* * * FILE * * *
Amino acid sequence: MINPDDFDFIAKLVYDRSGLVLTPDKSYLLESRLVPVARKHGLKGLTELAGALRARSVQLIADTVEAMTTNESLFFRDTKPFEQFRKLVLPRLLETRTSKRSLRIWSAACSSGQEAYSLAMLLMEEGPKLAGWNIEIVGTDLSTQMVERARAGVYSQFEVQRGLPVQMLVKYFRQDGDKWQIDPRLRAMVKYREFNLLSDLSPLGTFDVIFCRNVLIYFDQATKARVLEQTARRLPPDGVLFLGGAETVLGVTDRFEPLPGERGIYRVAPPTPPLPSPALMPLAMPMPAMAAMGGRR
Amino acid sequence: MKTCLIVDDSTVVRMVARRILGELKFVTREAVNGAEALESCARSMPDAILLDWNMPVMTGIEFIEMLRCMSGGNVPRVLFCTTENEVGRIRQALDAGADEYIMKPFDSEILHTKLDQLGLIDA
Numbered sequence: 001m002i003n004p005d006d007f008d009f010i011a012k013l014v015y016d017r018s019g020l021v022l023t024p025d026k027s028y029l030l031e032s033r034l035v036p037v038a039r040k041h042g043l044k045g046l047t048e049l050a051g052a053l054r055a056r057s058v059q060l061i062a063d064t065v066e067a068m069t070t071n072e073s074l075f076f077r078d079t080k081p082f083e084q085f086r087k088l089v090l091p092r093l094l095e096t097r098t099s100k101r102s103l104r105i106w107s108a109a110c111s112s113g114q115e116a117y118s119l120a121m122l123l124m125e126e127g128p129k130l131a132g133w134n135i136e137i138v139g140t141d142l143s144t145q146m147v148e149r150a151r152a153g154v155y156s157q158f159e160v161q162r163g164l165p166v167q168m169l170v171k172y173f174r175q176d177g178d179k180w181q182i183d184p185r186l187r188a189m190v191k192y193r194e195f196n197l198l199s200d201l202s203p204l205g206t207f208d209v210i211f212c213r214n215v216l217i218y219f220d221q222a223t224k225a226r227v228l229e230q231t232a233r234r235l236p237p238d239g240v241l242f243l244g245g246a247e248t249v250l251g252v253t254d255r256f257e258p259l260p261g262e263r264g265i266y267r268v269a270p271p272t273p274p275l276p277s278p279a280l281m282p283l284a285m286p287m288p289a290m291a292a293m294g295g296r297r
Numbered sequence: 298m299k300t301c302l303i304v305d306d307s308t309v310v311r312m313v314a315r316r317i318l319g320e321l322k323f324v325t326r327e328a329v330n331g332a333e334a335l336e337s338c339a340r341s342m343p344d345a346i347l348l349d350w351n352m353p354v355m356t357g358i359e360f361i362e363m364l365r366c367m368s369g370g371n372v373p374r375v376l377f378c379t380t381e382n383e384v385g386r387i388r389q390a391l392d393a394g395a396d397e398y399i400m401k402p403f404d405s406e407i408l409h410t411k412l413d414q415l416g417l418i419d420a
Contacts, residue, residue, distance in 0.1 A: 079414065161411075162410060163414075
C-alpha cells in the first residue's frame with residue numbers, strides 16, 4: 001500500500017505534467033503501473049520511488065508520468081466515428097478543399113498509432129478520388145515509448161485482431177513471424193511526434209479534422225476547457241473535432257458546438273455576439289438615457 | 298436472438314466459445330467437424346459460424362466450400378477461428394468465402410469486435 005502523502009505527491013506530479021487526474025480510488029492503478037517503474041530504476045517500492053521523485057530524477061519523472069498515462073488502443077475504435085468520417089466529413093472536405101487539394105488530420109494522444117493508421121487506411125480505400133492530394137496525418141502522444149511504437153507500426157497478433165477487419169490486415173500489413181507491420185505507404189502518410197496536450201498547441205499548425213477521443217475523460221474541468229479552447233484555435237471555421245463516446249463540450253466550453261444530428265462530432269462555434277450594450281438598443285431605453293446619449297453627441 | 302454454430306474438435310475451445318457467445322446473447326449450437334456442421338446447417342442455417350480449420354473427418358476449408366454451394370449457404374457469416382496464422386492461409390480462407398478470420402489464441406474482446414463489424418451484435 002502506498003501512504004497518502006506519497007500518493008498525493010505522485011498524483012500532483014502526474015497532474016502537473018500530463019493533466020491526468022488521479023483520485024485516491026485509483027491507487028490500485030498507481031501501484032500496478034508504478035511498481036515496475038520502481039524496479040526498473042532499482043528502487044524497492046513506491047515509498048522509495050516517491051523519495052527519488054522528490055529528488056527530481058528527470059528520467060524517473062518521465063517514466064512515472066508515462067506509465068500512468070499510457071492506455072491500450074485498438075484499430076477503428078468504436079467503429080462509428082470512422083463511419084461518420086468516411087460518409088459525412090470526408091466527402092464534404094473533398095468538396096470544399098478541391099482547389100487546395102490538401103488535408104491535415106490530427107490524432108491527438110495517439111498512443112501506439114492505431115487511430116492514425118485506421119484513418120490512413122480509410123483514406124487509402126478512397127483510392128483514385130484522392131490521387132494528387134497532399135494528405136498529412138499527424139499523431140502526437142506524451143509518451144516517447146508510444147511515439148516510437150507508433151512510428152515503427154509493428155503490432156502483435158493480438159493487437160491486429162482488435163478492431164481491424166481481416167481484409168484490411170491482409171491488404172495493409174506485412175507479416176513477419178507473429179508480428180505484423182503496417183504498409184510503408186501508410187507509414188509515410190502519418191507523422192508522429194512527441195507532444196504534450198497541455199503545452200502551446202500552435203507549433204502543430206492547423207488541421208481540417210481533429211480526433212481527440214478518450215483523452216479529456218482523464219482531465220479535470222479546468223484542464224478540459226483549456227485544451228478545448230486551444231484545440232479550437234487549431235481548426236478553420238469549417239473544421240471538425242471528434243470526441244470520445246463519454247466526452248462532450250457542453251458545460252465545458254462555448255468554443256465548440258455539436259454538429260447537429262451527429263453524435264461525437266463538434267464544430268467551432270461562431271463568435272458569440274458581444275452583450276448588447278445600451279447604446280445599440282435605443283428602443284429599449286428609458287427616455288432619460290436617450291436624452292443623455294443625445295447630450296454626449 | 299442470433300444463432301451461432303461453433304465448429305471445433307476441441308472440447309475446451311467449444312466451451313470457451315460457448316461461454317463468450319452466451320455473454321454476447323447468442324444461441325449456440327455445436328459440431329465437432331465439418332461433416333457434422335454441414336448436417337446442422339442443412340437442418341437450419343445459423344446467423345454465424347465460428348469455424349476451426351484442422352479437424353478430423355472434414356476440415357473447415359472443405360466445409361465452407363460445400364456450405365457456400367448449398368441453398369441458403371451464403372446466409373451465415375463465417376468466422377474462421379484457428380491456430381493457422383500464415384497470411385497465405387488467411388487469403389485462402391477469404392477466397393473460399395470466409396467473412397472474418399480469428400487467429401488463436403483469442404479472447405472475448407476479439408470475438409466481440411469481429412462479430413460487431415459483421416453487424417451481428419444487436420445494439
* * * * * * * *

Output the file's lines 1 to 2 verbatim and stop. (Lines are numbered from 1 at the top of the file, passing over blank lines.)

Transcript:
Amino acid sequence: MINPDDFDFIAKLVYDRSGLVLTPDKSYLLESRLVPVARKHGLKGLTELAGALRARSVQLIADTVEAMTTNESLFFRDTKPFEQFRKLVLPRLLETRTSKRSLRIWSAACSSGQEAYSLAMLLMEEGPKLAGWNIEIVGTDLSTQMVERARAGVYSQFEVQRGLPVQMLVKYFRQDGDKWQIDPRLRAMVKYREFNLLSDLSPLGTFDVIFCRNVLIYFDQATKARVLEQTARRLPPDGVLFLGGAETVLGVTDRFEPLPGERGIYRVAPPTPPLPSPALMPLAMPMPAMAAMGGRR
Amino acid sequence: MKTCLIVDDSTVVRMVARRILGELKFVTREAVNGAEALESCARSMPDAILLDWNMPVMTGIEFIEMLRCMSGGNVPRVLFCTTENEVGRIRQALDAGADEYIMKPFDSEILHTKLDQLGLIDA